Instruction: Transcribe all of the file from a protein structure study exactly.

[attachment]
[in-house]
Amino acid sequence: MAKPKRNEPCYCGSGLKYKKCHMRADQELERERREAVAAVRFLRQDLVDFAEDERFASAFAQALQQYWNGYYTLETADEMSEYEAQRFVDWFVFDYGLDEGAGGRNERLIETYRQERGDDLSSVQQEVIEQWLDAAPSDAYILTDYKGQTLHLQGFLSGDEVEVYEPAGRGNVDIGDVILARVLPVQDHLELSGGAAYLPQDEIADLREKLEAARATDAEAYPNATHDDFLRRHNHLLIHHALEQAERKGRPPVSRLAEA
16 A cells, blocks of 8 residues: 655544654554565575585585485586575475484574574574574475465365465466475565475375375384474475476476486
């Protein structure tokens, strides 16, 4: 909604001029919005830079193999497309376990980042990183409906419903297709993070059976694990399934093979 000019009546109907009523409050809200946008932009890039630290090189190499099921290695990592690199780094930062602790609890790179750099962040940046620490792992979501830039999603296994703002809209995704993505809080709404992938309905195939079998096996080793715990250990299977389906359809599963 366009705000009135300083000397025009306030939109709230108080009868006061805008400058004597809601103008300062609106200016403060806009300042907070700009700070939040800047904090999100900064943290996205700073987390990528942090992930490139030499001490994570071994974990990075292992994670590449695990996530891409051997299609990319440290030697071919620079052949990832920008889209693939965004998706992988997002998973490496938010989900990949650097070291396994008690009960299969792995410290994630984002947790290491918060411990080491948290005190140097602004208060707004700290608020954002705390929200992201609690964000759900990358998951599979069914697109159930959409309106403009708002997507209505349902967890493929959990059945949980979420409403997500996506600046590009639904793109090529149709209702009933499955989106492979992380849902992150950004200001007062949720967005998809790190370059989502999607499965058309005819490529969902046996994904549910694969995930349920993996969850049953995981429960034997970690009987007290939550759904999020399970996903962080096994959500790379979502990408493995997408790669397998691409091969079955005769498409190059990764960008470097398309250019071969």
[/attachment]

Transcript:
[in-house]
Amino acid sequence: MAKPKRNEPCYCGSGLKYKKCHMRADQELERERREAVAAVRFLRQDLVDFAEDERFASAFAQALQQYWNGYYTLETADEMSEYEAQRFVDWFVFDYGLDEGAGGRNERLIETYRQERGDDLSSVQQEVIEQWLDAAPSDAYILTDYKGQTLHLQGFLSGDEVEVYEPAGRGNVDIGDVILARVLPVQDHLELSGGAAYLPQDEIADLREKLEAARATDAEAYPNATHDDFLRRHNHLLIHHALEQAERKGRPPVSRLAEA
16 A cells, blocks of 8 residues: 655544654554565575585585485586575475484574574574574475465365465466475565475375375384474475476476486
């Protein structure tokens, strides 16, 4: 909604001029919005830079193999497309376990980042990183409906419903297709993070059976694990399934093979 000019009546109907009523409050809200946008932009890039630290090189190499099921290695990592690199780094930062602790609890790179750099962040940046620490792992979501830039999603296994703002809209995704993505809080709404992938309905195939079998096996080793715990250990299977389906359809599963 366009705000009135300083000397025009306030939109709230108080009868006061805008400058004597809601103008300062609106200016403060806009300042907070700009700070939040800047904090999100900064943290996205700073987390990528942090992930490139030499001490994570071994974990990075292992994670590449695990996530891409051997299609990319440290030697071919620079052949990832920008889209693939965004998706992988997002998973490496938010989900990949650097070291396994008690009960299969792995410290994630984002947790290491918060411990080491948290005190140097602004208060707004700290608020954002705390929200992201609690964000759900990358998951599979069914697109159930959409309106403009708002997507209505349902967890493929959990059945949980979420409403997500996506600046590009639904793109090529149709209702009933499955989106492979992380849902992150950004200001007062949720967005998809790190370059989502999607499965058309005819490529969902046996994904549910694969995930349920993996969850049953995981429960034997970690009987007290939550759904999020399970996903962080096994959500790379979502990408493995997408790669397998691409091969079955005769498409190059990764960008470097398309250019071969």